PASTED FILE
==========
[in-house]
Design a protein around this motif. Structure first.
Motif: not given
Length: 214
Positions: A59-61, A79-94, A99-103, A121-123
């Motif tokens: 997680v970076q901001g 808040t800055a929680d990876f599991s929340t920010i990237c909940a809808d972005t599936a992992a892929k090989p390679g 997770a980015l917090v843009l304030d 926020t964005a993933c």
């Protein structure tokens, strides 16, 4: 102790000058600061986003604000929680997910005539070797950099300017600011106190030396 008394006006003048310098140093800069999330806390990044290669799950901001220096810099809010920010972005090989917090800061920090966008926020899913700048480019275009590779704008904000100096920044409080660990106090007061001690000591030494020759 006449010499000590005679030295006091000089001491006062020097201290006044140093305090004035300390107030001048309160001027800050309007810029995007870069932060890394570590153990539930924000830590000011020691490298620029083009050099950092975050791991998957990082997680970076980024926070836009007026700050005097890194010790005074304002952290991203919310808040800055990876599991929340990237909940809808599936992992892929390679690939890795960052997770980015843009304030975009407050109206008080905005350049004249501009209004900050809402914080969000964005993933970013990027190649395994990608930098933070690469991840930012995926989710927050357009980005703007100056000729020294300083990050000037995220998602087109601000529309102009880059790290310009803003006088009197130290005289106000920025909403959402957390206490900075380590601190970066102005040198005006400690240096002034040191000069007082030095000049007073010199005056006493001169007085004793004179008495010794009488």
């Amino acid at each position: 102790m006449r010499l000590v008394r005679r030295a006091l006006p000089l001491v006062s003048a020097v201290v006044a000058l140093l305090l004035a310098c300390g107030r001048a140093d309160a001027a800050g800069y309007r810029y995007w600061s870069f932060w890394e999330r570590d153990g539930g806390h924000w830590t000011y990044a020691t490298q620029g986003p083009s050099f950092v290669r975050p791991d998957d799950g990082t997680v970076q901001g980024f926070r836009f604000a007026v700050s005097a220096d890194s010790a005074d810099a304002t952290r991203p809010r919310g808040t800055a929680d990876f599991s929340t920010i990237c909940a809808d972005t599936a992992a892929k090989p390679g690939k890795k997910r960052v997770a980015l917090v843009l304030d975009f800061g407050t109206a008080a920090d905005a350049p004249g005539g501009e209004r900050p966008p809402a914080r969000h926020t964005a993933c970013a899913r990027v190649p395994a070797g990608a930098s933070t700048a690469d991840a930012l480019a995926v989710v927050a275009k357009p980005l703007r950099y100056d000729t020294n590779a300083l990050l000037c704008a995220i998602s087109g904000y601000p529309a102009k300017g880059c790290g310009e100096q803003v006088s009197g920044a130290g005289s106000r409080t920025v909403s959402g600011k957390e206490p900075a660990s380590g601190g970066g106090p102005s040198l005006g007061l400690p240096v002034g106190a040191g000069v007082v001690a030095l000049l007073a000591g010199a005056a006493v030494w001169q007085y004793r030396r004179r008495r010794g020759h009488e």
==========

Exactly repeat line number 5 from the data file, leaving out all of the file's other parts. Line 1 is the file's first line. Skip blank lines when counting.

Positions: A59-61, A79-94, A99-103, A121-123